• Calenus, a priest of Isis and a creature of Arbaces. This worthy, on the eve of the second day's trial, comes to the accuser, ex- plains his knowledge of the facts, demands an enormous reward, and is inveigled by Arbaces into a subterranean dungeon, where he is locked in and left to starve. In the mean time, the trial goes on : Glaucns is convicted, and condemned to be exposed to a lion in the amphitheatre. A blind girl — another of the Egyptian's prisoners—has, however, heard enough to raise her suspicions: she has a conference with Calenus through the keyhole, and contrives to write and send a letter to Sallust the night before the execution. This friend of Glauens is an Epicu- tean: the epistle reaches him when he is too drtnik to read it ; but on waking in the morning, he instantly marches Oil with his people to the 1?,gypt;an's house, and releasing Calenus, proceeds with him to the theatre. In a common way, he would have arrived to late; but the lion had refused to attack Glaucus,—owing, we are led to infer, to the sultriness of the weather, symptomatic of the coming eruption. The mob, thirsting for blood, are about to seize upon Arbaces ; when the eruption itself bursts 11,rth, and the:.e is a general satire qui petit movement. Poetical justice is inflicted at last, not by the march of events, but by the march of lava and of lightning. Arbaces is killed by a falling column ; the other bad or indifferent characters of the romance are stifled or smothered ; but lone, Gluticus, and Sallust get clean off, the latter settling at Rome, the two former at Athens, where they turn Christians.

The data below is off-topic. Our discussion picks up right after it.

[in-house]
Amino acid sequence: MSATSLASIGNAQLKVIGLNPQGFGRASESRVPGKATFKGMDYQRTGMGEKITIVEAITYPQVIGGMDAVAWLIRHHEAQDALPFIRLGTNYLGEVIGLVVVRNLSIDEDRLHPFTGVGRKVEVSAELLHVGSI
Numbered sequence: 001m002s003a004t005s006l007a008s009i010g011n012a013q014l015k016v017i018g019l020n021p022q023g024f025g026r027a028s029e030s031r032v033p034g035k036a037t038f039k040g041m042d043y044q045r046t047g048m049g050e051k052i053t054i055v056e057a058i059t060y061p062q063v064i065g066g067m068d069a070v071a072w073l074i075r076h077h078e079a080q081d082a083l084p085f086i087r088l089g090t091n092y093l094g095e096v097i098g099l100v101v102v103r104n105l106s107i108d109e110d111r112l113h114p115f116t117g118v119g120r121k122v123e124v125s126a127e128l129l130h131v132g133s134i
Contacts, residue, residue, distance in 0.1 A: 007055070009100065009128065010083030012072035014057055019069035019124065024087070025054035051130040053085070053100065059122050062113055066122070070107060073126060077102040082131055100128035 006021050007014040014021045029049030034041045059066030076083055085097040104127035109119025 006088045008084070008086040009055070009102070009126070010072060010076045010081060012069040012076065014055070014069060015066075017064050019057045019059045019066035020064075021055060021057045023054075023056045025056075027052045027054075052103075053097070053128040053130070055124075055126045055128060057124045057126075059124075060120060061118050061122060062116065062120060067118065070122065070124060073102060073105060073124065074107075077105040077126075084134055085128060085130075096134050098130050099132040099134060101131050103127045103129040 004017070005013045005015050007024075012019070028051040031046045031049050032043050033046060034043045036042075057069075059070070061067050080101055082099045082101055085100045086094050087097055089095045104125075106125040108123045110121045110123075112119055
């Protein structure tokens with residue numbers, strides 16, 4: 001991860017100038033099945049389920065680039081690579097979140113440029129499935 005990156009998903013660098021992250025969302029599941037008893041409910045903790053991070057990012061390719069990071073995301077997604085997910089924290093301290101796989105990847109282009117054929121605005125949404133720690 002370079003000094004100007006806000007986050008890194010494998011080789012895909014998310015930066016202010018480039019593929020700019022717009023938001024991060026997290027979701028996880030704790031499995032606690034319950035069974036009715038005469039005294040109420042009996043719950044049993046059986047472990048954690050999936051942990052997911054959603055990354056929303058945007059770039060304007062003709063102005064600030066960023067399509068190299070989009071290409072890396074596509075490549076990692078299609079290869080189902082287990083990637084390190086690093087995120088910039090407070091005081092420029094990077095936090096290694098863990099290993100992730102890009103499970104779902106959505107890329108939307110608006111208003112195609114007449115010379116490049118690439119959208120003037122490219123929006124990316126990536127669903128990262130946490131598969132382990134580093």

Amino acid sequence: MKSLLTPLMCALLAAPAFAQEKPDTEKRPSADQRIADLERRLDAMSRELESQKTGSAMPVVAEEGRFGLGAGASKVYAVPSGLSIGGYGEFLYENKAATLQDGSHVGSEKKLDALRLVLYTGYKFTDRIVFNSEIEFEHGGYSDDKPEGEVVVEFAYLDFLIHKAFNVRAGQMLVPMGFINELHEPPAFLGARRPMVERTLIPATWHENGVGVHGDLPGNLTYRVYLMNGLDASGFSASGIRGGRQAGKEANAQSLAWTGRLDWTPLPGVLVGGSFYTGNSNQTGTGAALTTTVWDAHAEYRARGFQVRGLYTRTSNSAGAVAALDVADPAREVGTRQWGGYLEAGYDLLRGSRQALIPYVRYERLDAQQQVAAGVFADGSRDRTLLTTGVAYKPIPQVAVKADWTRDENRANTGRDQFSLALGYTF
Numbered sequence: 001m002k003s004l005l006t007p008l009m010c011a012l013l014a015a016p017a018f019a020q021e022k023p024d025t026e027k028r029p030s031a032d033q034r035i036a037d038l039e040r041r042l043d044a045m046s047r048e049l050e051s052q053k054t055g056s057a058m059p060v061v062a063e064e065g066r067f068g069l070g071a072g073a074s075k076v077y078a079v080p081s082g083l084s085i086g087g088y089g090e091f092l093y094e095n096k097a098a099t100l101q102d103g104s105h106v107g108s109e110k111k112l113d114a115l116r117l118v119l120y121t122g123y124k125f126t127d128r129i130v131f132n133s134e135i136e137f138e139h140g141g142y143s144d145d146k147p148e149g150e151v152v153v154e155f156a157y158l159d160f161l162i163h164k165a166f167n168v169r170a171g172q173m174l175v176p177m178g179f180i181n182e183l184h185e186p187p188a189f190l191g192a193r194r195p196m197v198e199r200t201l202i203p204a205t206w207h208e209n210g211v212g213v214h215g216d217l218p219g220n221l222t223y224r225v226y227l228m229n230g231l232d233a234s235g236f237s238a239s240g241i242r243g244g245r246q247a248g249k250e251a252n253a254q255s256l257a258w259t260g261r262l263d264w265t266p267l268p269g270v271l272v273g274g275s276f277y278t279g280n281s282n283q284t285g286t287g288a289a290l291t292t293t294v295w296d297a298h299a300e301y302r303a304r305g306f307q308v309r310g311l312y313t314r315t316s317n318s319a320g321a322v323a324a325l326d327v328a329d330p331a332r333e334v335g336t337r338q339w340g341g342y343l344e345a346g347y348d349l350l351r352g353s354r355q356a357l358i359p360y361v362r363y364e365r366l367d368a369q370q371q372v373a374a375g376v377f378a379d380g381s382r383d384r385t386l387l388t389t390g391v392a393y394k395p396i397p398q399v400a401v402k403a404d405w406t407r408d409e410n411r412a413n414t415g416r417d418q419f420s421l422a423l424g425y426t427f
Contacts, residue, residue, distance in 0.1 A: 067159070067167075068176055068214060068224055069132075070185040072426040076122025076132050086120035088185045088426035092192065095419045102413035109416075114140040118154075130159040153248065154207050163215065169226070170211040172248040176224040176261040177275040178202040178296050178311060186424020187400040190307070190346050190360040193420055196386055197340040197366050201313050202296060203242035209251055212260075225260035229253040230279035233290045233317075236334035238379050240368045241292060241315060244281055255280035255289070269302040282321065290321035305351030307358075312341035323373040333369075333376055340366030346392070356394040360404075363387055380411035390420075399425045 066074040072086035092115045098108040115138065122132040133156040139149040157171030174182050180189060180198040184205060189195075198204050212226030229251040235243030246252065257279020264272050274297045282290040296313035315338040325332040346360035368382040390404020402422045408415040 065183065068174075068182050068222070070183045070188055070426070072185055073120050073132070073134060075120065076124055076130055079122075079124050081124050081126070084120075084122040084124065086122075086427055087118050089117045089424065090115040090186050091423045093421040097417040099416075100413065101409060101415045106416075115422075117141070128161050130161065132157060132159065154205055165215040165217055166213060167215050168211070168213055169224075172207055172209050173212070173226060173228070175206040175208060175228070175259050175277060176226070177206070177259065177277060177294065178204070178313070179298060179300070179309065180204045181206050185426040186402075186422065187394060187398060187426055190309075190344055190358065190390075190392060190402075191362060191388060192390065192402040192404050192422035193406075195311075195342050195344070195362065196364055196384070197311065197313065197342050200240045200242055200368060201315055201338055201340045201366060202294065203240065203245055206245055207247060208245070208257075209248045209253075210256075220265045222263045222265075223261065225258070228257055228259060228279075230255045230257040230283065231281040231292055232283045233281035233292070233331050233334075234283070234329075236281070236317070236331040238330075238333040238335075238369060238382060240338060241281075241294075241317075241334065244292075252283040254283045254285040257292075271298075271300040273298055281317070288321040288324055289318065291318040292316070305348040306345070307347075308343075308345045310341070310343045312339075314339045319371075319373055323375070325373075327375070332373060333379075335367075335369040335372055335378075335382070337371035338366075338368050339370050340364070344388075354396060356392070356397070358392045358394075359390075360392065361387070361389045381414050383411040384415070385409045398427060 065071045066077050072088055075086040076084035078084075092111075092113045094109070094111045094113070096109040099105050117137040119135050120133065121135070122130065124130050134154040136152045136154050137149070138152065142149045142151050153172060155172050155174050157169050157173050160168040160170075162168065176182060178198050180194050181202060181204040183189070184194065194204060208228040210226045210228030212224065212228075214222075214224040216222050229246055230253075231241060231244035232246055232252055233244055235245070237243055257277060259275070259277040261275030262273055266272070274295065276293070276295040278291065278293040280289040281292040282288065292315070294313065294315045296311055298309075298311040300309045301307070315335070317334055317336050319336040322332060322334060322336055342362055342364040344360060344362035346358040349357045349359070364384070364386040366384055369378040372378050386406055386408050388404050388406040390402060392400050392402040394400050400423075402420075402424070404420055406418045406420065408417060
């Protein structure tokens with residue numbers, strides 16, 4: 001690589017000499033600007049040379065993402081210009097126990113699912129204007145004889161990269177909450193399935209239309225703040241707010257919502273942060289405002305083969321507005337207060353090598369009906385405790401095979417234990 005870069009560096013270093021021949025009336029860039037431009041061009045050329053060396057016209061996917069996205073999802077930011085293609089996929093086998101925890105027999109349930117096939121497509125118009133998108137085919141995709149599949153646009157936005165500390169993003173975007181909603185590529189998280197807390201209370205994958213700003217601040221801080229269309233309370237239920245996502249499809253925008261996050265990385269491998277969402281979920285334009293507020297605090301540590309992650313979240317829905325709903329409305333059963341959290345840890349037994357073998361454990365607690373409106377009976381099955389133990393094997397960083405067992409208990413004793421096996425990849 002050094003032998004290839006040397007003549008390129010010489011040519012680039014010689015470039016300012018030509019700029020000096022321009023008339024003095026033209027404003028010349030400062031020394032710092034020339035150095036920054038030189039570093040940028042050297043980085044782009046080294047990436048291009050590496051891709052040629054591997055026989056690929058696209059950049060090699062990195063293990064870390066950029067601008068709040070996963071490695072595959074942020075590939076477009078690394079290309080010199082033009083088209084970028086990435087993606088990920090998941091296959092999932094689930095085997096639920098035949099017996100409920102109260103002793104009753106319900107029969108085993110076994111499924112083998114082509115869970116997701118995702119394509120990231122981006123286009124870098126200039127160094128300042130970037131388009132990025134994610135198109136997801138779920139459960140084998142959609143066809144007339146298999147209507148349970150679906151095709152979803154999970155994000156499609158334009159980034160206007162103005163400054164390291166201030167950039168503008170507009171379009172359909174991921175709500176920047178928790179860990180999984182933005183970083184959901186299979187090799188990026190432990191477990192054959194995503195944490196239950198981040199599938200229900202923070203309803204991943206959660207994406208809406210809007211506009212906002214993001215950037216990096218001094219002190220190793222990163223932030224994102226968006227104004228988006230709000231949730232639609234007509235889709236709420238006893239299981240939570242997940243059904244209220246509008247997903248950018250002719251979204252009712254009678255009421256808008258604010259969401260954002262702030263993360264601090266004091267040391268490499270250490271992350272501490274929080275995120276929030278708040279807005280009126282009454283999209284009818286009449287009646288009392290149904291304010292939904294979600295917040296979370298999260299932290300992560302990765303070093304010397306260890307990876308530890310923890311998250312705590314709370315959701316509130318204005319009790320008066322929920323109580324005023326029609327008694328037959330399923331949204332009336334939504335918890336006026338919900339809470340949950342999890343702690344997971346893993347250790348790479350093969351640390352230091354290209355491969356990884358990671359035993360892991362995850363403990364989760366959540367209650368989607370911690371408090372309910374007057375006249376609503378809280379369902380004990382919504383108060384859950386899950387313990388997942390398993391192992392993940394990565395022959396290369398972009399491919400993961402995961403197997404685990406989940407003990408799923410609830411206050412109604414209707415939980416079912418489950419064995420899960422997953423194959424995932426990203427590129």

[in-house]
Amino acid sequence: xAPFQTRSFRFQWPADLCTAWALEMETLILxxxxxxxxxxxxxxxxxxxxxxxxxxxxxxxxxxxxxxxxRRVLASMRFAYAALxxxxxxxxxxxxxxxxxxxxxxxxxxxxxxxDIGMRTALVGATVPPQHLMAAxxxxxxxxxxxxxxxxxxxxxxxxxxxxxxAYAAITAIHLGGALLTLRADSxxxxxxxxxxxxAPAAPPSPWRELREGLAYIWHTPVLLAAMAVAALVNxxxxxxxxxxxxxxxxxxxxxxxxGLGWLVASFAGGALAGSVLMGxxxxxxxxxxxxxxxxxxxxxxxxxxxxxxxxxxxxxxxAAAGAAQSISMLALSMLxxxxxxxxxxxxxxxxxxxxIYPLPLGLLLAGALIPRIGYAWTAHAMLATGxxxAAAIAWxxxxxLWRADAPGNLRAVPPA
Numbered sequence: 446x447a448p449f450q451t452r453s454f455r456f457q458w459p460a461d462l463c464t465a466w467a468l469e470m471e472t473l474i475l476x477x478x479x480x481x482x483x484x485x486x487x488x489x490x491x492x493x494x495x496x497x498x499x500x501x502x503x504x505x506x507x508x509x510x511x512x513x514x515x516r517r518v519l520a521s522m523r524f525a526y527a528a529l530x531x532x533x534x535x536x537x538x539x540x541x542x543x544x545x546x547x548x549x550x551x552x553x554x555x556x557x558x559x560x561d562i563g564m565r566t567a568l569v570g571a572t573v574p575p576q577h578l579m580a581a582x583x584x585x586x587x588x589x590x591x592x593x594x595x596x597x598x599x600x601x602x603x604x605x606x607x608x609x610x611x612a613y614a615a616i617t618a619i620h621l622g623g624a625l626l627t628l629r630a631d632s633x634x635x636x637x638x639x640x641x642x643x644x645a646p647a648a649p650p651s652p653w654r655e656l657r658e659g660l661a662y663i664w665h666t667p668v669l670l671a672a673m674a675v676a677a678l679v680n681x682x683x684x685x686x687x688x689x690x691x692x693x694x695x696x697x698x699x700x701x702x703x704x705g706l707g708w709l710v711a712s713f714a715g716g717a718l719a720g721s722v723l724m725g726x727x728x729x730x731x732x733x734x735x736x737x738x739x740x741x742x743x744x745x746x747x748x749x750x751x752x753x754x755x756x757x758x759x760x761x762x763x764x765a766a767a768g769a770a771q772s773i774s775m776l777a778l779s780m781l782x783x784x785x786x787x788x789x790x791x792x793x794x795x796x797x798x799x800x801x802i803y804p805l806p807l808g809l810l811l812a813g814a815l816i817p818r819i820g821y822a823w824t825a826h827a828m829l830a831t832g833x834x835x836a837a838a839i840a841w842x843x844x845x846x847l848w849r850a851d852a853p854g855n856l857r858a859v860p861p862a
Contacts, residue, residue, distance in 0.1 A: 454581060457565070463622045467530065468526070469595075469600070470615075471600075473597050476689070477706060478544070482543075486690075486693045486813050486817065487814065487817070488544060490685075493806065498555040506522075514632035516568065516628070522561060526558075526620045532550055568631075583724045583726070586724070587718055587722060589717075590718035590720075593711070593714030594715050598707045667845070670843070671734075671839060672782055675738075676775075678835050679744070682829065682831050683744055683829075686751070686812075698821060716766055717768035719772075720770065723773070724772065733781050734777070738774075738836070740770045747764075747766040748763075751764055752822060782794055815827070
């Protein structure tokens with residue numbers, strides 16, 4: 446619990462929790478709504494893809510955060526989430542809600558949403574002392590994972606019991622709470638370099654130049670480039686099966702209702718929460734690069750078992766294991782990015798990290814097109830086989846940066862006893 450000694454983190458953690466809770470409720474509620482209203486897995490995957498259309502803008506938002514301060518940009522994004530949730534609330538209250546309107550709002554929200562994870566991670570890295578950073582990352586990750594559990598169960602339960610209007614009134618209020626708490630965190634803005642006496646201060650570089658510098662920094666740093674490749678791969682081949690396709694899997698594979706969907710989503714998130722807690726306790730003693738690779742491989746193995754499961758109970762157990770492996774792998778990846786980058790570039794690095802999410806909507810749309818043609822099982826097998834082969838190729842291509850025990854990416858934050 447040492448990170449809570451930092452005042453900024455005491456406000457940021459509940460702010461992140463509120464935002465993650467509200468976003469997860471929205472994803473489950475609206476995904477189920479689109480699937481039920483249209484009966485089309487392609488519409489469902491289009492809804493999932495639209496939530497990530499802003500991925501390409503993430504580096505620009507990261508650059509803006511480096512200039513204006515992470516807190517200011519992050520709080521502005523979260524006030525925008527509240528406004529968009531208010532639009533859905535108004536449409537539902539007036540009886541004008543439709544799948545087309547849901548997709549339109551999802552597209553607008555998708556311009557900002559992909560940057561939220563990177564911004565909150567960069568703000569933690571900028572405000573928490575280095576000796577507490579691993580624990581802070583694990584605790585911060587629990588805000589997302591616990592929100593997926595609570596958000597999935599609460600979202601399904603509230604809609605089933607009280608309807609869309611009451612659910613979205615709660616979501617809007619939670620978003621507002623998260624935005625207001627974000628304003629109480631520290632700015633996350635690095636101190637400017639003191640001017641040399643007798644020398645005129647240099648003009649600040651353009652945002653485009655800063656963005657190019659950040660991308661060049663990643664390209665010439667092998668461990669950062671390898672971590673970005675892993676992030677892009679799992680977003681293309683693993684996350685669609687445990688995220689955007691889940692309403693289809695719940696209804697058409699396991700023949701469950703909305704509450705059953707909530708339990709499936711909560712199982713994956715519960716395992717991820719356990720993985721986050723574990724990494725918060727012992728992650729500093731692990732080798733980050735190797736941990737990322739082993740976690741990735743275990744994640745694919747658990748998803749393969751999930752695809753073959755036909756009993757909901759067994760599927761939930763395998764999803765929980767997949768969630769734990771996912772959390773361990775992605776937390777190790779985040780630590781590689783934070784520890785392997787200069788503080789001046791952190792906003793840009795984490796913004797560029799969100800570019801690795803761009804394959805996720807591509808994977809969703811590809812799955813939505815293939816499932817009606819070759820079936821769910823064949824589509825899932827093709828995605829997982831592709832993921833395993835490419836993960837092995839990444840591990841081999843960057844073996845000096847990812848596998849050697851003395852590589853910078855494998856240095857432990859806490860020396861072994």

The story rather gains by compression, and by the omission of episodes and of minutice. Yet it will be seen, even from the abridgment, that the fable is not one of those where the character and the events are so artfully adapted to each other, that the actor colours the circumstance, and that, let the same thing hap- pen to another person, the enct would be different. Neither is it what is called a carefully-constructed story, where each event seems to influence the others, and the whole forms a connected chain, from which if one link be removed the series is destroyed. Some of the circumstances are incidents, many mere accidents. The effect produced is melodramatic—dependent upon situation, not passion ; and the interest is of the kind inspired by the falling of a ladder or a pistol's missing fire.
On a former occasion, we gave our reasons for deeming that an- cient life was ill-adapted to works of fiction ; on account of our scanty knowledge of the manners, as well as from their remote- ness and contrast to our own, which consequently deprived them of our sympathy. Mr. BULWER, in his introduction, seems to consider that exactness is not necessary ; nor is it. "Inaccuracies, errors of inadvertence or forgetfulness," are nothing. The diffi- culty is to catch the antique spirit; which is ill-achieved by giving to ancient fops the tone and language of modern dandies, or by merely substituting at an entertainment ancient for modern cus- toms. A contemporary, indeed, seems rather to consider ignorance an advantage. Unable to render a positive reason for his raptures, the critic gravely states, that " the manners, the customs, the habits of life, which lie (the author) had now to describe, were all foreign to him ; therefore he could not draw from his own expe- rience, by which he has ever been to a limited extent cabined and shut in : " and hence he infers" the entire mastery over the subject," which he conceives to be exhibited. But, be we right or wrong in our notion as to the fitness of classic subjects for novels, we have little doubt about the difficulty attendant upon the one chosen. If earthquakes and volcanoes are to be made the machinery of a tale —not mere episodes (be it observed) to be described, but events to be interwoven—there appears to be little room for the display of " artistical power," or for the creation of human interest. The agents are too mighty for the actors to grapple with; their effects can neither be foreseen, nor avoided, nor controlled ; as no one can calculate upon their return, they afford neither illus- trations of life nor rules of conduct; and as they make no dis- tinction of persons, the good can only be saved ani the bad punished by miracle. They scarcely furnish a fit subject for bril- liant or eloquent description: their horrors are best painted in a simple and exact narrative.